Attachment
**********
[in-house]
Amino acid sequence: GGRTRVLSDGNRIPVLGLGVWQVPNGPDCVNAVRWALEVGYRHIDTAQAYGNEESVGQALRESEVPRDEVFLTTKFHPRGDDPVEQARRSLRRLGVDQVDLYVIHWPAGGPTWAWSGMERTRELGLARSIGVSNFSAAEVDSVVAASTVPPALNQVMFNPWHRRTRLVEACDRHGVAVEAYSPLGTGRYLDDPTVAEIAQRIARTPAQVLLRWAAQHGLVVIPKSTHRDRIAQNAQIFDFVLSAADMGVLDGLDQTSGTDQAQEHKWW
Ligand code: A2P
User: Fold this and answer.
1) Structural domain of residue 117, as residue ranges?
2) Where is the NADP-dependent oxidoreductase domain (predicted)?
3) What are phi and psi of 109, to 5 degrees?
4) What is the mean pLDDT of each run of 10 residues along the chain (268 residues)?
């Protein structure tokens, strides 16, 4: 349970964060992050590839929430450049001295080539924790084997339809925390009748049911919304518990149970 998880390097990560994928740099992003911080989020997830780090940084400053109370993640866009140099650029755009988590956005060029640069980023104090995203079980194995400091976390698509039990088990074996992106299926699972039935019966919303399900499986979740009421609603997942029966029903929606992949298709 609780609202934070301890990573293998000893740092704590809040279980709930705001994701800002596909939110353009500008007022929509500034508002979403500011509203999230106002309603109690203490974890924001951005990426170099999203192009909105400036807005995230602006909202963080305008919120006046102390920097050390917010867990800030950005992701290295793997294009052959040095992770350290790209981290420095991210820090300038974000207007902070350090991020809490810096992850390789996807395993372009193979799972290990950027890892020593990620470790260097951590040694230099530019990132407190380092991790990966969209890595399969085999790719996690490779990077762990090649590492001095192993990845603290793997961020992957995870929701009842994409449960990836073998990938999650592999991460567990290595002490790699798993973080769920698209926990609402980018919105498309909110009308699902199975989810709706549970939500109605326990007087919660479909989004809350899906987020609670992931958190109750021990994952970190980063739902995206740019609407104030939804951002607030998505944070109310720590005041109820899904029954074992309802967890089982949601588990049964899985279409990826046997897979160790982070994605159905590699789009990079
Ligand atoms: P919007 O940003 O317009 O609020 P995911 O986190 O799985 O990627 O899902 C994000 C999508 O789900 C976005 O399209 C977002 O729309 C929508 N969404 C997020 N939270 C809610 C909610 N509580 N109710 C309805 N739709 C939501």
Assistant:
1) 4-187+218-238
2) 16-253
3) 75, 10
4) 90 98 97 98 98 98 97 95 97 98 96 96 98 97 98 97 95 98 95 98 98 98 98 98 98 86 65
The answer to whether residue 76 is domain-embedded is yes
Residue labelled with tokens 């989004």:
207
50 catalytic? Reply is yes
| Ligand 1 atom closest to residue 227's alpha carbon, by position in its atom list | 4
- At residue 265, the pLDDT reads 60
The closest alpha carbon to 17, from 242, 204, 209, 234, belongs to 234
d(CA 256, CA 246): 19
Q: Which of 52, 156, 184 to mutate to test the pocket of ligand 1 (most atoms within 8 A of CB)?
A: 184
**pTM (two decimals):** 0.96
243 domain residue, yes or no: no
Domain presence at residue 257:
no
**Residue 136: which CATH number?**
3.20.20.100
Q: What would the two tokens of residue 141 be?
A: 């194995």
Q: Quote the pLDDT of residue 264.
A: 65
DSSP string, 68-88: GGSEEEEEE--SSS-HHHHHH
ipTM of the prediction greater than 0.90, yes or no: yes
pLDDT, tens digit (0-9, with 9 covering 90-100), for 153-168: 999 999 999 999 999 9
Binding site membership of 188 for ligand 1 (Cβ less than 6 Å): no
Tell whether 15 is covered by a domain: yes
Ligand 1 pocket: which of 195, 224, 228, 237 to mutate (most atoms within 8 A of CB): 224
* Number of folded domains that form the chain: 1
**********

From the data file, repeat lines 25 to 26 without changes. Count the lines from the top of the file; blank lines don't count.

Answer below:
A: 184
**pTM (two decimals):** 0.96